Friday, June 13, 2014

Radioactive Review — 'Wisdom From The Wastelands #23: Sea Monsters'

"Like, 40% of the original Gamma World monsters were fish.  What was up with that?" — WotC's Bruce Cordell, on Gamma World 4e (7e) (at GenCon 2010)

"Despite much of the planet being covered by ocean, sea monsters have oddly been absent from all editions of the game that inspired Mutant Future." — Introduction to WFTW #23

They're both (kinda-sorta) right.

Fish play a huge role in the Gamma World bestiaries from the 2nd Edition on, but they're freshwater (one supposes, based on the brief descriptions) critters.

But Dragon Magazine's two Mutant Manual supplements (found in #98 and #108) added a handful of sea-things, like aerosquids, blade whales, crusteans [crabs], draguns [saltwater crocs], and flipps [dolphins].  Sure, they're not "official" boxed-set beasties or anything, but they're close enough.

A Swiss-army version needs to happen.

WFTW #23 brings more post-apocalyptic content of a specifically salinated spin.

First off are nine new monsters.

There's the candy cod, a "fairly common game fish" that slightly mutates those that eat it.  It also has 30 Hit Dice, which is insane.  Compatible Labyrinth Lord tyrannosaurs have 20, fer chrissakes.

Next up is the glup, a grunion-y seal-thing that offensively shifts ambient temperatures.  Most of the text is about its mating cycle, though, so the Wisdom From The Wasteland series once again makes it abundantly clear why author Derek Holland is known as Skirmisher Publishing's Official Staff Biologist.

The greater inferno whale follows, and if you remember your Thundarr, you get the gist.  I reckon the "greater" part comes from added noxious clouds of gaseous chlorine it generates. Snazzy!


Then there's the shark king, which isn't a shark proper, but a sentient bass that makes Jaws-y sand elementals.  Nifty concept.  But this line in the description tickled me silly: "They are not a good source of information and most people ignore or avoid them."  It's just so random.  And doesn't that generally apply to EVERY monster, sentient or otherwise, in any given RPG?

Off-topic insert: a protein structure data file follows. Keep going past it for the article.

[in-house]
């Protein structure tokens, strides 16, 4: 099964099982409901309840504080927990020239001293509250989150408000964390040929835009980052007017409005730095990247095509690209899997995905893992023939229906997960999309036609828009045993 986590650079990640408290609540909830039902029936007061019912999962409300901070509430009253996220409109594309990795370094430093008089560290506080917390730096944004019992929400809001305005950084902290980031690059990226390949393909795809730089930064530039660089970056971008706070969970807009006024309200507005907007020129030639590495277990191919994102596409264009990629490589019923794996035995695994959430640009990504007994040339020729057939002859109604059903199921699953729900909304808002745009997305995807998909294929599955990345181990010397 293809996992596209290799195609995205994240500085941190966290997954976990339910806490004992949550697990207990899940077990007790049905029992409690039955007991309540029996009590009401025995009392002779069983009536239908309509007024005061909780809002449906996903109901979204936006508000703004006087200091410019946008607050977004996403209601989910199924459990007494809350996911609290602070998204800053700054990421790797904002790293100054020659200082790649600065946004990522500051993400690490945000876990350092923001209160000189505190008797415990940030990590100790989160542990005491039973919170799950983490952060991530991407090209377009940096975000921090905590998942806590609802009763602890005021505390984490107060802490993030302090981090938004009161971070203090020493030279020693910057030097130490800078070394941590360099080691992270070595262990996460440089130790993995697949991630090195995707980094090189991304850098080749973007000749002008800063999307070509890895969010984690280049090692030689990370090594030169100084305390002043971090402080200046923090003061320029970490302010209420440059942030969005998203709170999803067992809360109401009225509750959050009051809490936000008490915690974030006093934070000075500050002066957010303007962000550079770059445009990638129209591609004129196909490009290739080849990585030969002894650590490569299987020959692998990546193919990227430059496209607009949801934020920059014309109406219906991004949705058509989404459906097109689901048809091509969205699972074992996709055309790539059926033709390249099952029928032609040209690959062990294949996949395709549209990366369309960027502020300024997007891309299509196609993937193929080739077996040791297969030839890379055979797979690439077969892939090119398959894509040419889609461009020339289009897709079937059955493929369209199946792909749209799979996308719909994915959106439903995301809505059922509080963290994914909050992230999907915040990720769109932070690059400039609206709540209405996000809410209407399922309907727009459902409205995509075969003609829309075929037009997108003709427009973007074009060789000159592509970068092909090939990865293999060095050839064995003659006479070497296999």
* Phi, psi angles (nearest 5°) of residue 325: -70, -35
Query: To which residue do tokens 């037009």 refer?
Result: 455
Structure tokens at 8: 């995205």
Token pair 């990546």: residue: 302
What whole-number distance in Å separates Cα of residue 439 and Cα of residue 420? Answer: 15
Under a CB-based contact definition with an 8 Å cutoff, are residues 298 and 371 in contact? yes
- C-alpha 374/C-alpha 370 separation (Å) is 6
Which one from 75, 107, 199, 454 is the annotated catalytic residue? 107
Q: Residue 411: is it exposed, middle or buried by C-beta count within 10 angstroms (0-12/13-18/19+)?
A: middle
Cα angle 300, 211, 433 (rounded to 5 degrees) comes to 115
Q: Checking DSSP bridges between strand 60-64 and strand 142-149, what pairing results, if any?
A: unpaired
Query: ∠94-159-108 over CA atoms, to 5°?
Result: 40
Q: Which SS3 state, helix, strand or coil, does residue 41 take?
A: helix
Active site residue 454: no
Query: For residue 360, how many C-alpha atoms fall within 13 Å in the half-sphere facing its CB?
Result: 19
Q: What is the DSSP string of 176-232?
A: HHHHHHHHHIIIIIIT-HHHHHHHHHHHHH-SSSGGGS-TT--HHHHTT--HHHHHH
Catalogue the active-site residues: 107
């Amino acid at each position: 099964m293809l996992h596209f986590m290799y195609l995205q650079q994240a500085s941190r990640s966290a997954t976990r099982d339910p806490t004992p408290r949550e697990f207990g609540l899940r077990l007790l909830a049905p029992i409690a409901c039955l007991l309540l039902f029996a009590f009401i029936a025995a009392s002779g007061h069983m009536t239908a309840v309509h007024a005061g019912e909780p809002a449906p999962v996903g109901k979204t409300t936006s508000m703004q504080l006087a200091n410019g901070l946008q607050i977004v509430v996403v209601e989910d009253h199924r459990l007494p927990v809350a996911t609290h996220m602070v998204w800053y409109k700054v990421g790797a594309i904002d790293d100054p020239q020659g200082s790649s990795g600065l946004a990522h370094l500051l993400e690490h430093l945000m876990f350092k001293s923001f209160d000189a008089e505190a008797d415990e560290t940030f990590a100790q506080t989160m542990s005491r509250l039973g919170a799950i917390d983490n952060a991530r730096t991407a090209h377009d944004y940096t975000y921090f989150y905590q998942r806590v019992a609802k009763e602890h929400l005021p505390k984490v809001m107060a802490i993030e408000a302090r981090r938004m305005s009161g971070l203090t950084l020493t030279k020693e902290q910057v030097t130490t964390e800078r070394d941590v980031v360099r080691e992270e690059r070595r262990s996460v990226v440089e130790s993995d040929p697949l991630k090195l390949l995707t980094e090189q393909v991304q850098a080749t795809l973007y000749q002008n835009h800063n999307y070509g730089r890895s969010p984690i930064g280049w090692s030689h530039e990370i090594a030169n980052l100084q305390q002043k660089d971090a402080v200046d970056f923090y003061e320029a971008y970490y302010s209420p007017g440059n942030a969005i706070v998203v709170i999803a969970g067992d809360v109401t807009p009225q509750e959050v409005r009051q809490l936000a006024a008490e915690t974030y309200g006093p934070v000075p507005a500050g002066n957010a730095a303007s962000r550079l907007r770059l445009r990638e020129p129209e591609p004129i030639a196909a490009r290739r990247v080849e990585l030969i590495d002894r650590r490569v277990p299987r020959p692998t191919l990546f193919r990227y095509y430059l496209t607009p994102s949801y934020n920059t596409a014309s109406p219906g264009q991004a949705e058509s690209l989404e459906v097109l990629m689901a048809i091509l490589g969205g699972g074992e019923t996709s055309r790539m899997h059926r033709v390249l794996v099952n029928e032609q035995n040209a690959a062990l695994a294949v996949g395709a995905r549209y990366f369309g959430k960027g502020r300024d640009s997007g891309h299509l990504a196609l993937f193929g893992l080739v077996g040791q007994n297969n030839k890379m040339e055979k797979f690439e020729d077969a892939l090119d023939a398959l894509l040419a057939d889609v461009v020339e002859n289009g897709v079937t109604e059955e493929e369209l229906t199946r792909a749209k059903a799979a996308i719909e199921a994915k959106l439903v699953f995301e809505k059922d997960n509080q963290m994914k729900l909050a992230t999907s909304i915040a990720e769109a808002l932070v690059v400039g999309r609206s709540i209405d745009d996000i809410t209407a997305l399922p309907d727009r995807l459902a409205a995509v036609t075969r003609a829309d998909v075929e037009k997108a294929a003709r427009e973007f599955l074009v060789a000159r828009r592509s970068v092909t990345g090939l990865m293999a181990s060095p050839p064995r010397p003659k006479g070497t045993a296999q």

It takes a whoooooooooooole lotta text to describe the shellback, when "big, poisonous clam" would've sufficed.  Same goes for the slaath, "big, explosive, carnivorous seaweed."

Close to the last but certainly not anywhere near the least, the sticky tree is a 300' long, 40' wide, 30' tall, 250 ton, 60 HD sea cucumber that swallows ships whole and is consequently stuffed with 10 times worth of Mutant Future's best treasure Hoard Class.  The Kraken as piƱata!


Looks like my sentiment regarding the shellback and slaath applies to the stonegull, too. "Bird with hardened feathers."

And again, with the the striking lump, "coral that entombs you on contact".  Ugh.  Sooooo. Much.  Expository.  Text.  I know word-counts matter to reach the WFTW standard format, but sheesh.

Rounding out the issue is some crunch, with painless, down-n-dirty drowning rules (lacking from the core Mutant Future book), and three new mutations:  Animate Object, Chemical Gland, and the disadvantageous Loss Of Trait.  All of these could be covered under existing mutations like Aberrant Form, Toxic Weapon, and Frailty, respectively, but there they are.

This issue of WFTW isn't my favorite.  Fiery whales and shark-golems aside, it's dry (hyuck!) and too tame.

But no matter what I think, Holland's science bonafides are unimpeachable.  And the drowning bit is sllick.  Totally using it.

Buy it here for 99¢.  Still the best value in gaming PDFs!